OK, Don't go and make any financial trades based on this (or anything you read in any one blog post), but check this out:
Charts courtesy of Yahoo Finance, idea courtesy of my friend Dayv Wachell.
It's well known that Steve Jobs idolized Sony, especially its founder Akio Morita. Morita was a Jobs-like figure, maniacally focused on design and on pleasing the consumer (while his partner, Masaru Ibuki, the Wozniak of Sony, handled the initial technical wizardry), and loved by the public. Sony even inspired Jobs' wardrobe.
There are other parallels. Sony's big break was a portable music device; so was Apple's. Like Apple today, Sony in the 90s was known for having cult-like fans in its domestic market; these "Sony-heads" would essentially buy anything that Sony put out, even as the company's image slipped internationally. I've even heard people allege that those fans provided the company with a profit cushion that allowed it to ignore problems on the horizon.
In any case, when Sony's charismatic founder died, the firm was at the top of its game, and on top of the world. After Morita's death in October of 1999, Sony's stock price rose dramatically, only to crater a few months later.
Since Steve Jobs' death a year ago, Apple's stock has soared. But is there a parallel here? Is Apple's recent downtick the start of the kind of epic fall suffered by Sony in 2000? If so, that'll be kind of neat.
As I wrote at the top of this post, the point here is not to say "Apple = Sony! Sell!" Don't do that. (If you're interested in trading Apple stock, go be an Apple analyst; otherwise, keep your money in a nice diversified portfolio and trade only once per year.) The point is to wonder about the effects of iconic founders. Do celebrity founders who reach the iconic status of a Jobs or a Morita endow their companies with fat profit margins, by creating a group of super-fans who would pay $600 for a brick as long as it sported the company logo? Does a diehard core of super-fans lead a company to become complacent after the death of the iconic founder?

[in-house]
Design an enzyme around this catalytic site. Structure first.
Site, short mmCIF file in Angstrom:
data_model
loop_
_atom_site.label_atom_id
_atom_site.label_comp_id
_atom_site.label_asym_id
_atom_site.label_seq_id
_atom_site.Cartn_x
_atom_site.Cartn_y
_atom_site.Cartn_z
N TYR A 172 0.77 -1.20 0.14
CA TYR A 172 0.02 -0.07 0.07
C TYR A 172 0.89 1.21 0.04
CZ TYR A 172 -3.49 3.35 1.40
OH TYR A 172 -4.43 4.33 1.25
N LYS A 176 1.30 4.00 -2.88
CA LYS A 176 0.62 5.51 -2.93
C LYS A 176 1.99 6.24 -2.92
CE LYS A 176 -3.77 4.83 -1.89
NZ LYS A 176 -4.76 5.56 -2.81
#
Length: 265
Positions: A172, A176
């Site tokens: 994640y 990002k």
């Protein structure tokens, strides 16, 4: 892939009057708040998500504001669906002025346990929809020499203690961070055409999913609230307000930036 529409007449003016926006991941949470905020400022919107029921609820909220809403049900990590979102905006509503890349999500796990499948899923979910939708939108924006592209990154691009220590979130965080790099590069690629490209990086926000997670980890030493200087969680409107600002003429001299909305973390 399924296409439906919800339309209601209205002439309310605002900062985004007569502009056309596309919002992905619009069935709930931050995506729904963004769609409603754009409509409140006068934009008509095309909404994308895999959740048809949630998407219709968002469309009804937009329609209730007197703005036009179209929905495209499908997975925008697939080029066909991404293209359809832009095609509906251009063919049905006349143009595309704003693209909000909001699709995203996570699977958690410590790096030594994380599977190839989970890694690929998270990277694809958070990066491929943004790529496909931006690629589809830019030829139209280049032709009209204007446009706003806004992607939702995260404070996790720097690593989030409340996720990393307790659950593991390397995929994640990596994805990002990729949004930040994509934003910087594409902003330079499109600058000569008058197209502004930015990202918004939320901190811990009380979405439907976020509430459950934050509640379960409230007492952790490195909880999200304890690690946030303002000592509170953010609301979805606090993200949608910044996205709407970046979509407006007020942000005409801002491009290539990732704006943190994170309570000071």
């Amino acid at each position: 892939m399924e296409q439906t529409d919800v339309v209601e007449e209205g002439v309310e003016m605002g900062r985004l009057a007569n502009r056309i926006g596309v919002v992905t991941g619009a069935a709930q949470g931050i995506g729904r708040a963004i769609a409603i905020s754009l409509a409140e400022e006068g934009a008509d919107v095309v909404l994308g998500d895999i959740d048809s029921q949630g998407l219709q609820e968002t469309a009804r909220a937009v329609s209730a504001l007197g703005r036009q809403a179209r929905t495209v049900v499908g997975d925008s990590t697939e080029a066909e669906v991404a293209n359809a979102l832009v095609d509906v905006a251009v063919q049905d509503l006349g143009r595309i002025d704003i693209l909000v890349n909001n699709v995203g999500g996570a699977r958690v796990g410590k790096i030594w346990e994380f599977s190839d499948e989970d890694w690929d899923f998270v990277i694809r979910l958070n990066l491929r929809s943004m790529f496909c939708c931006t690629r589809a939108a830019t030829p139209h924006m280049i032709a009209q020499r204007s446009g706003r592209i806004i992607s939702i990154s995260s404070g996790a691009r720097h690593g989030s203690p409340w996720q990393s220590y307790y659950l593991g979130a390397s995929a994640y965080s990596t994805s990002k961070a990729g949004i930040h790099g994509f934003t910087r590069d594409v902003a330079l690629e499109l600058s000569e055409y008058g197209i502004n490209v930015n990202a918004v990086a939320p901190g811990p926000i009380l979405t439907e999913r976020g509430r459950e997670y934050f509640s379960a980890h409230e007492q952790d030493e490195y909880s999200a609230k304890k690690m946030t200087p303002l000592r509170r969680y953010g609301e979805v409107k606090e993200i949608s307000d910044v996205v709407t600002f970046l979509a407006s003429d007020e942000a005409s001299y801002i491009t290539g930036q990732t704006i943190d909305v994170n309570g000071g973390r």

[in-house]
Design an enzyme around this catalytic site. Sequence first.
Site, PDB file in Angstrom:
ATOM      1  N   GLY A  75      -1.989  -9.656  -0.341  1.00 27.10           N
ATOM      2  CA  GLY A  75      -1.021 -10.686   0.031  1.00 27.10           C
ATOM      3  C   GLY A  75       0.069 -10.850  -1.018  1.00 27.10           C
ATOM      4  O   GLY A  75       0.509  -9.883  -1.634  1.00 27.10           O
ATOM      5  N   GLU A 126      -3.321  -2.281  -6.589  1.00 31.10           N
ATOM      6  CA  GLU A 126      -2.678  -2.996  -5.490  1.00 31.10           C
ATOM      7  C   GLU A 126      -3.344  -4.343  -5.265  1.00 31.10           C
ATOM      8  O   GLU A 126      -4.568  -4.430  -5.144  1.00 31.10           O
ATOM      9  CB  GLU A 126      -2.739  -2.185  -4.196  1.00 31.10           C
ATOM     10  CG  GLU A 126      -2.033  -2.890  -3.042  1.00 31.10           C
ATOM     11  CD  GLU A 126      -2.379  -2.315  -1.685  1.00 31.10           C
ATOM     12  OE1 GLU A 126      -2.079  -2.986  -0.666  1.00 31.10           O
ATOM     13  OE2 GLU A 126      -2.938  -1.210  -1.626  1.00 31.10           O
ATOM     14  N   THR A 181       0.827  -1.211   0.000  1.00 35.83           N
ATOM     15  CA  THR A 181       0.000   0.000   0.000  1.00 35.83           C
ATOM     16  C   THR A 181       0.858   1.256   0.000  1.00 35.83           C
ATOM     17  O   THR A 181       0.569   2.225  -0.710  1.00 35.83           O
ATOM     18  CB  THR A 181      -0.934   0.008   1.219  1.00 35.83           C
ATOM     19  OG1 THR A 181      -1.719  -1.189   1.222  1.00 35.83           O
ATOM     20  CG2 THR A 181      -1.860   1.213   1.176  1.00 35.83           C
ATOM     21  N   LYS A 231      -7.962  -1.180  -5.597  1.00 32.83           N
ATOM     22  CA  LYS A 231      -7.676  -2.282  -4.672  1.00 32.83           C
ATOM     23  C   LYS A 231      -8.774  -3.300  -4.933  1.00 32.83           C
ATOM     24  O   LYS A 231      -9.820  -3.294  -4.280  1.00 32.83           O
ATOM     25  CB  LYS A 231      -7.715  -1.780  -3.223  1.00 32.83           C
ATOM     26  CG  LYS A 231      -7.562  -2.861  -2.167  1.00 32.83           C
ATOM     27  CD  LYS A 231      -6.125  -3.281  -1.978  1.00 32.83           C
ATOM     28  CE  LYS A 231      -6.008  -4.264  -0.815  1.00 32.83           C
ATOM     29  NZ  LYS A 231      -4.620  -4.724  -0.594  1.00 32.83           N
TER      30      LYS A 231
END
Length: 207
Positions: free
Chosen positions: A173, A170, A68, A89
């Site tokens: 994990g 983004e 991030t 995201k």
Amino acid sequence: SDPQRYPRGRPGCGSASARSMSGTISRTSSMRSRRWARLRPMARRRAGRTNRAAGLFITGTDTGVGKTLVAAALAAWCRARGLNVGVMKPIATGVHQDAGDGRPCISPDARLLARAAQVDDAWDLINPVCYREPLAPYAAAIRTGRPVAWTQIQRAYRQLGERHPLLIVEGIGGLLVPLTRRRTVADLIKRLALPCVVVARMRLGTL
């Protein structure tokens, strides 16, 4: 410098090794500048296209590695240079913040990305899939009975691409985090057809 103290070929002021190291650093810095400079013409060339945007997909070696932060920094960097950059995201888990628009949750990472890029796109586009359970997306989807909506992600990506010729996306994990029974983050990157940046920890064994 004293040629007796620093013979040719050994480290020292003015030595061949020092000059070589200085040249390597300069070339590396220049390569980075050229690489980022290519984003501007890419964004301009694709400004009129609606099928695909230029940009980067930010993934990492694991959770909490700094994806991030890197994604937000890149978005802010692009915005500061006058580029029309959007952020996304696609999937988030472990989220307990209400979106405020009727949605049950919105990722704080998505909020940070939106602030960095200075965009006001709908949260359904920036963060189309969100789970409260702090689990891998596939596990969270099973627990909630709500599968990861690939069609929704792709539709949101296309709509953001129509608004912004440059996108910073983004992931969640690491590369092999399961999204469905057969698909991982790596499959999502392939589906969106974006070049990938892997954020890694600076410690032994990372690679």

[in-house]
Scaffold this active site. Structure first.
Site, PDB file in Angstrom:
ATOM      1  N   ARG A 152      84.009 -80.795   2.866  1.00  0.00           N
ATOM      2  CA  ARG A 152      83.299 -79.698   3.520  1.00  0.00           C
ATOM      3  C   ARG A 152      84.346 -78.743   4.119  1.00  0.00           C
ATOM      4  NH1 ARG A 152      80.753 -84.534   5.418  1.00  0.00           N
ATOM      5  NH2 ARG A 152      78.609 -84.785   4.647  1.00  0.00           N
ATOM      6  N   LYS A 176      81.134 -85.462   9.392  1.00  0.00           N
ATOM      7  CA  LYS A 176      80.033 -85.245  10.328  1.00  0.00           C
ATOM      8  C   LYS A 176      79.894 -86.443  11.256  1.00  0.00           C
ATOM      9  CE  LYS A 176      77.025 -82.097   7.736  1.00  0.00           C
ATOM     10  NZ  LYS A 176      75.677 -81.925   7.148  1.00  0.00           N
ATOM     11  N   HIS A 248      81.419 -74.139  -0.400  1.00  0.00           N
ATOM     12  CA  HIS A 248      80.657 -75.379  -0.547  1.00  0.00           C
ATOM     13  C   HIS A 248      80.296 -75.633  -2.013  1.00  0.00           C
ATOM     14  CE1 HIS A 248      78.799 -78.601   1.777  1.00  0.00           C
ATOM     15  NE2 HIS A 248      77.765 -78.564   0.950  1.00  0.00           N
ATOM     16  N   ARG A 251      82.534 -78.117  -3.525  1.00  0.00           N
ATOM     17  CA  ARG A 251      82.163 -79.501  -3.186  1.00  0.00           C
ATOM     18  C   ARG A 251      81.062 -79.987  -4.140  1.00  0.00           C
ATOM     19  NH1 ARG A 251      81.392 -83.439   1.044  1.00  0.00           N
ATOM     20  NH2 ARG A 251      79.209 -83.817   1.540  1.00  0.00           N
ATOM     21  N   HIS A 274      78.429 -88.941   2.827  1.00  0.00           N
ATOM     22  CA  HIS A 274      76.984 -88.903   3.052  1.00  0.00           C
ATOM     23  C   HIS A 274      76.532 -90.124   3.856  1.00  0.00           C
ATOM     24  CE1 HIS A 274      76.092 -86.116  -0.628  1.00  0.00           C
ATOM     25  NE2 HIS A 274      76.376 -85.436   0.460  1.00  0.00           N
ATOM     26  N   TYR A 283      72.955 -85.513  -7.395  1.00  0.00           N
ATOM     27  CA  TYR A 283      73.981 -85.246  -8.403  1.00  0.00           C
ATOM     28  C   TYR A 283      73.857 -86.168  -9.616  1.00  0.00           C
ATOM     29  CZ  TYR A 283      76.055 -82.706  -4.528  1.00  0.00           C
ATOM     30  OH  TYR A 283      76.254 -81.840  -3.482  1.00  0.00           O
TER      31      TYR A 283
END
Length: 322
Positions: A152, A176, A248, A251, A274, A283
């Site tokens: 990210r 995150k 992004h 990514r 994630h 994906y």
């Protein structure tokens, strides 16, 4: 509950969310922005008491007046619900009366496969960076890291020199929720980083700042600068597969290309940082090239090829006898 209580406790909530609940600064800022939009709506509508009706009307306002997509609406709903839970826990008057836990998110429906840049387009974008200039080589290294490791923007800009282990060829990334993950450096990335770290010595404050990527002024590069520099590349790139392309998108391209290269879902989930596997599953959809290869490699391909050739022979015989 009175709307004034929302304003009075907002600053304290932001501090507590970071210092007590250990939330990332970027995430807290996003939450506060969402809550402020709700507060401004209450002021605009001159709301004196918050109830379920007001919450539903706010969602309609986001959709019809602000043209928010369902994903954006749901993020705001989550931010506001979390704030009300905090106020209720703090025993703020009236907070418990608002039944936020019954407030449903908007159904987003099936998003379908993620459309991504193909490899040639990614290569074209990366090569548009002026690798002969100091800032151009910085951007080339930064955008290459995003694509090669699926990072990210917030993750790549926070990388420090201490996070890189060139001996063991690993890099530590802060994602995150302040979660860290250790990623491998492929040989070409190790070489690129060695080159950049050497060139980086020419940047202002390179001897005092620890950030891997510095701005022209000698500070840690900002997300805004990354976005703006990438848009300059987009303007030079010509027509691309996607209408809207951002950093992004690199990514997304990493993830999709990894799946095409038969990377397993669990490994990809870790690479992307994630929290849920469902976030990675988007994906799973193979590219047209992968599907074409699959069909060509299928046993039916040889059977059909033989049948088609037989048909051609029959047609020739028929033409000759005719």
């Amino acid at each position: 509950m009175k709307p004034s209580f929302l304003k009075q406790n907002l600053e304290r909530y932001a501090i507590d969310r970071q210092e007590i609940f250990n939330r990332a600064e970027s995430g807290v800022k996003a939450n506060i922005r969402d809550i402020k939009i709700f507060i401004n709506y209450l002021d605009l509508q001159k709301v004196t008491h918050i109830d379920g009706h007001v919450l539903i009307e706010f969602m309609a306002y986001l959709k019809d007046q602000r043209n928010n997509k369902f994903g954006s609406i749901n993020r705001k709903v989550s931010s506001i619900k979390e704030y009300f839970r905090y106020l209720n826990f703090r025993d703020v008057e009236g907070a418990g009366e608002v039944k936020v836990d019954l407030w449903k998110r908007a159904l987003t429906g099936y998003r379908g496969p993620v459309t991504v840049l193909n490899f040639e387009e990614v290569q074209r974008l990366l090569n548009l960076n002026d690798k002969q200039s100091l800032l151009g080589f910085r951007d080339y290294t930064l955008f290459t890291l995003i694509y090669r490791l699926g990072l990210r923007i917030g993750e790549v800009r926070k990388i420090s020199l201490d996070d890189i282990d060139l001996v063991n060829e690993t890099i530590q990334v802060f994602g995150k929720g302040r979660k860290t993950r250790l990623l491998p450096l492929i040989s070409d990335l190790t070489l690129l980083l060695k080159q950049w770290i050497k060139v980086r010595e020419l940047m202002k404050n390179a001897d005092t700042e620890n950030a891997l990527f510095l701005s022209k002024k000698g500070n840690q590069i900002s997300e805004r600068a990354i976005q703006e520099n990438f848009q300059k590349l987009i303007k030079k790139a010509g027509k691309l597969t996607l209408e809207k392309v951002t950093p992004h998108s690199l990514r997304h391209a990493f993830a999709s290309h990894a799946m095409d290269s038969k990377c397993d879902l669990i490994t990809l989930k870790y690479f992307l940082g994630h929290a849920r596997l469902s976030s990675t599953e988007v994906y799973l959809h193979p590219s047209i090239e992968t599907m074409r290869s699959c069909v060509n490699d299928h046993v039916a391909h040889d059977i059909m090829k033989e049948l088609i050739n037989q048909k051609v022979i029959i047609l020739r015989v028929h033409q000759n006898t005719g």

And does the death of an iconic founder lead to a predictable rise in a firm's stock price? Do investors implicitly believe - for a little while, anyway - that the "spirit" of an iconic founder lives on in the company he founded, causing them to overestimate the company's prospects, leading to a predictable crash in price? And can the timing of that price crash be predicted?
It's an interesting question, and one that's hard to evaluate econometrically, since iconic founders seem like they should be pretty rare. But maybe they're not as rare as I think, and someone out there will find a way to investigate this empirically and write a paper on it. In which case, any market-beating investment opportunity based on iconic founder deaths will promptly disappear...
Update: Apple has fallen to $550 since the writing of this post...